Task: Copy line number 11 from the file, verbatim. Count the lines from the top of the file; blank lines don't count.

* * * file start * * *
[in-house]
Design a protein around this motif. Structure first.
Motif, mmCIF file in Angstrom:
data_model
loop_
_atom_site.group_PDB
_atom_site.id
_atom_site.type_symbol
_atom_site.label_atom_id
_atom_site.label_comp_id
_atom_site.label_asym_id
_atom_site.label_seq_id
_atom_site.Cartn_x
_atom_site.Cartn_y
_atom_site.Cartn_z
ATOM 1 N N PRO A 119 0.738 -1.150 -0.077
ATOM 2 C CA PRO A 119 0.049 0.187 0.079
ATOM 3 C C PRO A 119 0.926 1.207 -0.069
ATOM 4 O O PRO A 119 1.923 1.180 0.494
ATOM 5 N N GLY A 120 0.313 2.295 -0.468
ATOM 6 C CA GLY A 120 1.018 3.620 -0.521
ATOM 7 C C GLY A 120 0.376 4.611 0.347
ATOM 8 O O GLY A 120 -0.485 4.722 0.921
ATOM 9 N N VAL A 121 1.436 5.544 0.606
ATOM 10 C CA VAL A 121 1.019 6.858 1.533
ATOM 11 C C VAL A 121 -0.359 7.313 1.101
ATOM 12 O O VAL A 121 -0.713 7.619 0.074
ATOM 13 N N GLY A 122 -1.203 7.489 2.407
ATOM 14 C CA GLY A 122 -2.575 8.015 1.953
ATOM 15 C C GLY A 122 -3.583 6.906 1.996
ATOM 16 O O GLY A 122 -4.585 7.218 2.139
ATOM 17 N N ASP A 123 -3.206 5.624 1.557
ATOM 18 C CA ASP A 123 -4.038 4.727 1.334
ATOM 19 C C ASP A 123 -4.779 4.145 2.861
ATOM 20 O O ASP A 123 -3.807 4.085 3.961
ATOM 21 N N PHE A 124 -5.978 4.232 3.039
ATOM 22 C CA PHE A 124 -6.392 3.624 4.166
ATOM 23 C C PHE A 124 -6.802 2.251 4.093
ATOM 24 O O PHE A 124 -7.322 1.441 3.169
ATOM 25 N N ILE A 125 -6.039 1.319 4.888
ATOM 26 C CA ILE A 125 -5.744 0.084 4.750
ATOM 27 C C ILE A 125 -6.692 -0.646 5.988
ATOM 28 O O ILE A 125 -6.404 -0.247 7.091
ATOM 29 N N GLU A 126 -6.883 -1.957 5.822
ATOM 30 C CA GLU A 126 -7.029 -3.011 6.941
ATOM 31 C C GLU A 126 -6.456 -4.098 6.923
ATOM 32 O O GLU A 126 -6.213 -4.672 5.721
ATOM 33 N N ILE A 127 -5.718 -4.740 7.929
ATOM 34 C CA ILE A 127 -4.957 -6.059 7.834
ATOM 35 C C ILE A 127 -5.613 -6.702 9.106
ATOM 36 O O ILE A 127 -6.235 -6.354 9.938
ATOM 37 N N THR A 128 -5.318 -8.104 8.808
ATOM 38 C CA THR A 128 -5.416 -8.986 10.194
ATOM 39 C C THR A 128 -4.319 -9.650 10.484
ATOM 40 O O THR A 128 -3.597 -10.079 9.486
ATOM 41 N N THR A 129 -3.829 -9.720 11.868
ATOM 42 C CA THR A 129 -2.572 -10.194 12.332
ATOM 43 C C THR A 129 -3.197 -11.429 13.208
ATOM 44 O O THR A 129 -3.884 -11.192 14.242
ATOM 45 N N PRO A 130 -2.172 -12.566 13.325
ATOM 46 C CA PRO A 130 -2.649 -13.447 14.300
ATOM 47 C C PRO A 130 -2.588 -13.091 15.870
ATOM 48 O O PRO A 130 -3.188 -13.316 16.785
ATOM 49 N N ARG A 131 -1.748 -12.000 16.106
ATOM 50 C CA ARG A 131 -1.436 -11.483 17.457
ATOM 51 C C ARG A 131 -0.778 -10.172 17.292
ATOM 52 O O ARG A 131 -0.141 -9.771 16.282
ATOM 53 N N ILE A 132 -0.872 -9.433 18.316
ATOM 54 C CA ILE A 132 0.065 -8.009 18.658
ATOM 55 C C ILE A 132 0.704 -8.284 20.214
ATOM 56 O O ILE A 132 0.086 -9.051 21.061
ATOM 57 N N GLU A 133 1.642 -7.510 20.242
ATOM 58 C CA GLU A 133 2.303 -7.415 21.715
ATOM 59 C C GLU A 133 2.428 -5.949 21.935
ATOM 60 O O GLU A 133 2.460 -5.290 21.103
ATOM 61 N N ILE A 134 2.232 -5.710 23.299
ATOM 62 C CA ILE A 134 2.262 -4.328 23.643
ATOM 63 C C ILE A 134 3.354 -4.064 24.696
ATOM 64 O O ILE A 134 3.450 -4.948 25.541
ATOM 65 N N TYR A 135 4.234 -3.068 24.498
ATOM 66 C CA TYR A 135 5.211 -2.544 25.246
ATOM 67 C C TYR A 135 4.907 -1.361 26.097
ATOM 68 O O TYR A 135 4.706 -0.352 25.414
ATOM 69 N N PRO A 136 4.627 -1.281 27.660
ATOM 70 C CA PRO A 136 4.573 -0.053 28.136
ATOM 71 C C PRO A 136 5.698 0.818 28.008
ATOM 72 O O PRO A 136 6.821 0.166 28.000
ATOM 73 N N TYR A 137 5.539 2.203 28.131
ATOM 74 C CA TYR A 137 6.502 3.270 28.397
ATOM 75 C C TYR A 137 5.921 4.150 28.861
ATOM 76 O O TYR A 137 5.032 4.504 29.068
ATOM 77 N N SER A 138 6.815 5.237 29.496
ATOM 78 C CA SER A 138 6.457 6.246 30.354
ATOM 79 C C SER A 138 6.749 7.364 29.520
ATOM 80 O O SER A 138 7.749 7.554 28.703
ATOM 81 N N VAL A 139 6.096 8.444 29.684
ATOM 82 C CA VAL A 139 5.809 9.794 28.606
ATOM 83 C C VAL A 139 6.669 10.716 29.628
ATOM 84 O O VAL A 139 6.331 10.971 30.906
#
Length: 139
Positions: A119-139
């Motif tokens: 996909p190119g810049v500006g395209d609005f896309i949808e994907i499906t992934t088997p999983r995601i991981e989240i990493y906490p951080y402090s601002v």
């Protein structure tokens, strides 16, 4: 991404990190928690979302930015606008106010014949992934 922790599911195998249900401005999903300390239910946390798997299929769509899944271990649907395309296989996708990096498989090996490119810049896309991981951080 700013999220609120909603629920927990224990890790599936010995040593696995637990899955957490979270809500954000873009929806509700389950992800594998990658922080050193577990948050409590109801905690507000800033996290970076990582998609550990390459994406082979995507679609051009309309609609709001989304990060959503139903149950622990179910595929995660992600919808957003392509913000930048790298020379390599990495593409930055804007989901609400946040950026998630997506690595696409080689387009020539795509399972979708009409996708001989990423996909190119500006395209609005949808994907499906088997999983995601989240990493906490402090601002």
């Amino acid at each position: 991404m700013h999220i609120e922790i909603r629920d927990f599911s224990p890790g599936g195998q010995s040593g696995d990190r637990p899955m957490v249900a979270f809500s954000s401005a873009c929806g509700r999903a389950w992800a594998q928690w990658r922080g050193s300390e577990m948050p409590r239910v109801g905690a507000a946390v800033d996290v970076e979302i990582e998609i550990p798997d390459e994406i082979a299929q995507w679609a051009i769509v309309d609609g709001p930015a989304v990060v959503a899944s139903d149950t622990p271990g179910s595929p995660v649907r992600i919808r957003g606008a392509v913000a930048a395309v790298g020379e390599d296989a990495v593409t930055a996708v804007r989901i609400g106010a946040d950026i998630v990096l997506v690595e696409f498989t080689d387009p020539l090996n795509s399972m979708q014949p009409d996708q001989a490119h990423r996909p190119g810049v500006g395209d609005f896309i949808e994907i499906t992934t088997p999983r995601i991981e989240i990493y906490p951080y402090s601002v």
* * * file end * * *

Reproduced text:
_atom_site.label_asym_id